Tag Archives: eschatology

Foaming at the Mouth

[Minor mistakes of grammar and spelling have been fixed. – Funky]

Theomorph, my resident atheist gadfly, seems to be losing his cool. His latest tirade against Christianity lacks the kind of logical consistency and civility his previous posts had. Continue reading

Sheep and Goats

Christian Conservative has an interesting
post on predestination.
Any of my Catholic readers want to refute his points?

Breaking down predestination

There is no Christian doctrine that I’ve found to be more humiliating than “predestination”, and no topic more difficult to understand. What is predestination? It’s the belief that God not only knows in advance who is bound for heaven or hell, but He is also in control over who makes the decision to seek God out in the first place.

[Folks should check out the comments, too. There’s an imaginative fellow who seems to think that all are destined for salvation. – Funky]


Since tomorrow’s Election Day in the U.S., I thought it’d be interesting to discuss
election of a different sort. I wanted to write a lengthy post about the Elect of
God and the Rite of Election, but didn’t have time. Perhaps when the latter occurs
during the course of RCIA, I’ll give it proper coverage. In the meantime, here’s
what the Catholic Encyclopedia has to say about issues related to election. I’d
be very interested to hear Protestants comment on these articles and tell me a bit
about how their churches define election.

General Judgment
Particular Judgment


I forgot to mention something yesterday. Marty Minto‘s been on a bit of an anti-Catholic tirade for the last week. One of his listeners wrote in to ask if anyone who truly loved Jesus could go to Hell, even Catholics. I sent the following as part of an email to him during his broadcast.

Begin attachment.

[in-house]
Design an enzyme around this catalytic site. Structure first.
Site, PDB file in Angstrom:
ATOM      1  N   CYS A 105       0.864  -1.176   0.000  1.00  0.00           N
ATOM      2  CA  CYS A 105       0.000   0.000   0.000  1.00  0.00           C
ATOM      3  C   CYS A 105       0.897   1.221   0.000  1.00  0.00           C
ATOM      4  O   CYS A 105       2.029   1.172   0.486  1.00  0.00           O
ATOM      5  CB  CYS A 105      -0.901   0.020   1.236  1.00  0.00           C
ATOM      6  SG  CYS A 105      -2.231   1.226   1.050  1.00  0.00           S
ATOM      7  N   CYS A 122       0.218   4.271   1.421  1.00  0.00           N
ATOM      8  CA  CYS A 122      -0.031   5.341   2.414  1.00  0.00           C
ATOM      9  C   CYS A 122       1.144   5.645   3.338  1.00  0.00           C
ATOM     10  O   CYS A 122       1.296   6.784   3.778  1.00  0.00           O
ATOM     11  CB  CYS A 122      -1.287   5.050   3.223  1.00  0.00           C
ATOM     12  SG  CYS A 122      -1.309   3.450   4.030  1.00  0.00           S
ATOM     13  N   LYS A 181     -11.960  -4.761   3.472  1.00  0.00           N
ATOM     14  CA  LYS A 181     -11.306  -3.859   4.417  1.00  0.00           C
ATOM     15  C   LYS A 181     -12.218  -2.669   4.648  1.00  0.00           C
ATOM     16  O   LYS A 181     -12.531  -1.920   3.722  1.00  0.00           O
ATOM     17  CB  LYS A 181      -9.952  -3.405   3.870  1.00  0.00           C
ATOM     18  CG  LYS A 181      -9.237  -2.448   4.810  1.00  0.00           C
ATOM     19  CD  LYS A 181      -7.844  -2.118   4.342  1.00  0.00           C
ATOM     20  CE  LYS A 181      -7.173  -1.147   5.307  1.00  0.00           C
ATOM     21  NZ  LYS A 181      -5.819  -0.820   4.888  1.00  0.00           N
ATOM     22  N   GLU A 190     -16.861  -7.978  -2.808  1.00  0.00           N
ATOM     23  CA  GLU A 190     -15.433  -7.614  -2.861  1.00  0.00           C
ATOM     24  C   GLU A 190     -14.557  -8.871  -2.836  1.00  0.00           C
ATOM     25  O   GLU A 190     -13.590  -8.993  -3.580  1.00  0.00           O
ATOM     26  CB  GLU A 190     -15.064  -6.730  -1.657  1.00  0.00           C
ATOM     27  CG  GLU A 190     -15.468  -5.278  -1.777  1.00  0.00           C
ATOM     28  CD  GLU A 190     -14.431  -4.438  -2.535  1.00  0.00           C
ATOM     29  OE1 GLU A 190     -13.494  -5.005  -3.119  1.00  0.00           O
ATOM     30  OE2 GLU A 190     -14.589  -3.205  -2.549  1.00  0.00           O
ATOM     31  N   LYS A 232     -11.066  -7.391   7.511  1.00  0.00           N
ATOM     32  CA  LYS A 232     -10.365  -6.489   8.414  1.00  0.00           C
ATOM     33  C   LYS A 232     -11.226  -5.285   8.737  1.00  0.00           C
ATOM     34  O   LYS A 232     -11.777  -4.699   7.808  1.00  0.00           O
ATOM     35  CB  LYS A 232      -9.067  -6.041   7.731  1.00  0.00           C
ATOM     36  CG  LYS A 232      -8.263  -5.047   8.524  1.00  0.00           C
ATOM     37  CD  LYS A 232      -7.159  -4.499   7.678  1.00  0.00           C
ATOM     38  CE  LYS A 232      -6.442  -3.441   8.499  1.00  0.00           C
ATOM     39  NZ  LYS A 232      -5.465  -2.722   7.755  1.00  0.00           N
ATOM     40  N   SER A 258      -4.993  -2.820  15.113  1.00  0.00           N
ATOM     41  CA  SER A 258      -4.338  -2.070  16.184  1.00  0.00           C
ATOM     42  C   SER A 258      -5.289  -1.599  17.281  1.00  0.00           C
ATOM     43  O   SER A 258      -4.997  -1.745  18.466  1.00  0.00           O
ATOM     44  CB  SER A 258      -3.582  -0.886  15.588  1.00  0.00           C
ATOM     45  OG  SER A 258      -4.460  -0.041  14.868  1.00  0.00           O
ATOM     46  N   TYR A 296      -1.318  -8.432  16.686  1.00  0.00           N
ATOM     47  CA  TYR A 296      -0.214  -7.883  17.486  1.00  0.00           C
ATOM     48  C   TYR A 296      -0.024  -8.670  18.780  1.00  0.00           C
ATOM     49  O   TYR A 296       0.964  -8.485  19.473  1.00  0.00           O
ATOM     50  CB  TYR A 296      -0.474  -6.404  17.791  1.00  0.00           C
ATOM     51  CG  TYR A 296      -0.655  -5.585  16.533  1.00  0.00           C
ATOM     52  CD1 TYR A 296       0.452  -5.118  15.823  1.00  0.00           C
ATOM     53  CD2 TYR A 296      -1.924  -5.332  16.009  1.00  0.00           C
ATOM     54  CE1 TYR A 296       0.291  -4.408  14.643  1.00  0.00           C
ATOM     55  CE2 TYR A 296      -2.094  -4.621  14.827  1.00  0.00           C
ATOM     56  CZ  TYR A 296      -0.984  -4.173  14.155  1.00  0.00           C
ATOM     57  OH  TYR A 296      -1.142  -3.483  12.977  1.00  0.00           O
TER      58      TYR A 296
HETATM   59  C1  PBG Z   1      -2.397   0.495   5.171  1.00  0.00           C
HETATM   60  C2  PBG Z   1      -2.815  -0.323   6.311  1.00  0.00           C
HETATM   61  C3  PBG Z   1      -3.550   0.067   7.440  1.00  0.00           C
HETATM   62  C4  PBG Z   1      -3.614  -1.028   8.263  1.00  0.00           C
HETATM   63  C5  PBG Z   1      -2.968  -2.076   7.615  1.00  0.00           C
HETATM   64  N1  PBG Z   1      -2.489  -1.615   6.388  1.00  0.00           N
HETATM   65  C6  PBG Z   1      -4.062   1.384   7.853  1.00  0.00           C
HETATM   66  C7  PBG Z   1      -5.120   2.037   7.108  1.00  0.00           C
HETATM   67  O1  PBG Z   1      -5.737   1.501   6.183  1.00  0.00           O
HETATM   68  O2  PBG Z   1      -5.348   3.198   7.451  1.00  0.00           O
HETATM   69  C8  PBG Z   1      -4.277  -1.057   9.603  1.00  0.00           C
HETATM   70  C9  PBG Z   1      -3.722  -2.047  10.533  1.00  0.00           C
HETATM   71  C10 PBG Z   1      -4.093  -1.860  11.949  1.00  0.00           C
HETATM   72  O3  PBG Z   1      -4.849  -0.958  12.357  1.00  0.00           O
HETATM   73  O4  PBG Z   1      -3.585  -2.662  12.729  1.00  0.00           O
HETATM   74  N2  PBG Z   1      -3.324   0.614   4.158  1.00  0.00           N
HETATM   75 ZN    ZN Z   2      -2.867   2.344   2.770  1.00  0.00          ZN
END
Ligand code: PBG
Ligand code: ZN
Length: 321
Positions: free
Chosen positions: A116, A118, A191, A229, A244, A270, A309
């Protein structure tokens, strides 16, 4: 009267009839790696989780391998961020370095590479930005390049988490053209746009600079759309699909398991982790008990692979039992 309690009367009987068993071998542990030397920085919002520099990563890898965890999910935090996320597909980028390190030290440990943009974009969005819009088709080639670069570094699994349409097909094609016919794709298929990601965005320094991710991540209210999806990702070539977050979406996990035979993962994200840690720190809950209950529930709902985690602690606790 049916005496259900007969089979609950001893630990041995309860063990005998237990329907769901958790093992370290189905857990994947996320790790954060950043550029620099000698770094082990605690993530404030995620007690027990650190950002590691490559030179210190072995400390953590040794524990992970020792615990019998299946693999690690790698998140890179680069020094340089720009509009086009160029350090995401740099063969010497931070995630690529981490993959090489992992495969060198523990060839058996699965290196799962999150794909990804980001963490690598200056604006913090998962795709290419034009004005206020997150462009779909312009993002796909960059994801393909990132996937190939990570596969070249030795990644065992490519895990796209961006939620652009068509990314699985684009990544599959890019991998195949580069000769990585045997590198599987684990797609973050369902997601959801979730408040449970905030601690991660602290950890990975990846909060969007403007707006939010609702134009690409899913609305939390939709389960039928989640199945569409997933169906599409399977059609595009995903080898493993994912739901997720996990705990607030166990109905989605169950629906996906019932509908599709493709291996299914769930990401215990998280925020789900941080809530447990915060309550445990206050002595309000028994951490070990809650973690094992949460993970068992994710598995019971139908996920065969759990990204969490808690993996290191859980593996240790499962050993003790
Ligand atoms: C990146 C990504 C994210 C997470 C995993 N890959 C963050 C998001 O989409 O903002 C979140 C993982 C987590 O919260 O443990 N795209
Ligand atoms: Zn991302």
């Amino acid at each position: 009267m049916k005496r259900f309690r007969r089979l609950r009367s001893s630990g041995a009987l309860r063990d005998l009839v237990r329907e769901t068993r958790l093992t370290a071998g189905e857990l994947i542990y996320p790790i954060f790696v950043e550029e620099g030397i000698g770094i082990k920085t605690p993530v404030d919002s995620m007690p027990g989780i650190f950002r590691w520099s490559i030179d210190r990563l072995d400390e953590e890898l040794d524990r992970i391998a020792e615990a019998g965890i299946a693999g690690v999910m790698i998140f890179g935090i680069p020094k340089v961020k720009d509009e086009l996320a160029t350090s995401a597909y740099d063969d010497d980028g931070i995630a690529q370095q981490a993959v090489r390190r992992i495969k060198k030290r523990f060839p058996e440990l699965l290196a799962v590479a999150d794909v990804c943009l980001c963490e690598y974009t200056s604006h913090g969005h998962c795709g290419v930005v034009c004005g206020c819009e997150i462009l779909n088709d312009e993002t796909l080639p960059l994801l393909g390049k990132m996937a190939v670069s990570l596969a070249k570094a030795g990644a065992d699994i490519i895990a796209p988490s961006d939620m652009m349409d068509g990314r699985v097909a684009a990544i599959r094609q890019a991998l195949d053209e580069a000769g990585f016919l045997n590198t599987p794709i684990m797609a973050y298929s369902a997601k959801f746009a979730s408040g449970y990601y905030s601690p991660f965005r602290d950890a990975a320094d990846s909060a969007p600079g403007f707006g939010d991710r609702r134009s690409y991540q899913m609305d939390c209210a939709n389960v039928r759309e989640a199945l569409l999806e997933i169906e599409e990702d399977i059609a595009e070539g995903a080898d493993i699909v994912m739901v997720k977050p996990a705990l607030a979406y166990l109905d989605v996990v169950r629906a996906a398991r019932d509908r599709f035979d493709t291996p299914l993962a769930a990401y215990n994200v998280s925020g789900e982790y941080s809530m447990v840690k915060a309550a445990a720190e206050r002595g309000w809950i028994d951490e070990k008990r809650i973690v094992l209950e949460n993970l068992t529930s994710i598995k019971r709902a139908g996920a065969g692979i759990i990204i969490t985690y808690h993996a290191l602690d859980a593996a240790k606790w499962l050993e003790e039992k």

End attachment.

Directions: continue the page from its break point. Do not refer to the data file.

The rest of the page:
“I was saved when Christ died for man’s sins.

I am being saved as I attempt carry my cross daily.

I hope to be saved when I face final judgment.

I love Jesus. He is my Lord and Savior. I know you feel the same way. We should work with each other, not against each other.”

He responded by saying he doesn’t think I’m saved! He said that those who are truly born again in the Spirit have assurance of salvation and to think otherwise suggests a lack of rebirth. I sent the following as a rebuttal, but he didn’t respond to all of it on-air.

Paul spoke of running a race (1 Cor 9:24), working out salvation with fear trembling (Phil 2:12), and completing what is lacking in Christ’s afflictions (Col 1:24). Obviously, endurance is called for.

When I say that I was saved, I mean that Christ’s sacrificial act redeemed mankind. Through baptism by the Father, Son, and Holy Spirit, we are buried with Christ and are entitled to rise with Him. Salvation is a gift. In order to be saved, however, we must actively accept that gift. Furthermore, that gift is not irrevocable. If we accept Christ one day and reject Him the next, we cannot possibly expect to be saved.

When I say that I am being saved, I mean that every day is a struggle and I know I can be led astray, lose hope, and lose faith.

When I say that I hope to be saved at the last judgment, I mean that I hope to persevere in Christ until the day I die. I pray that I will be counted among the sheep, rather than the goats. Not all who say “Lord, Lord” shall be allowed into the wedding banquet of Heaven.” I pray to be one who is.

Do I have any Evangelical Protestant readers who’d like to comment on this exchange? Anybody of any denomination want to chime in? What part of what I said is incompatible with “mere” Christianity (c.f. C.S. Lewis)?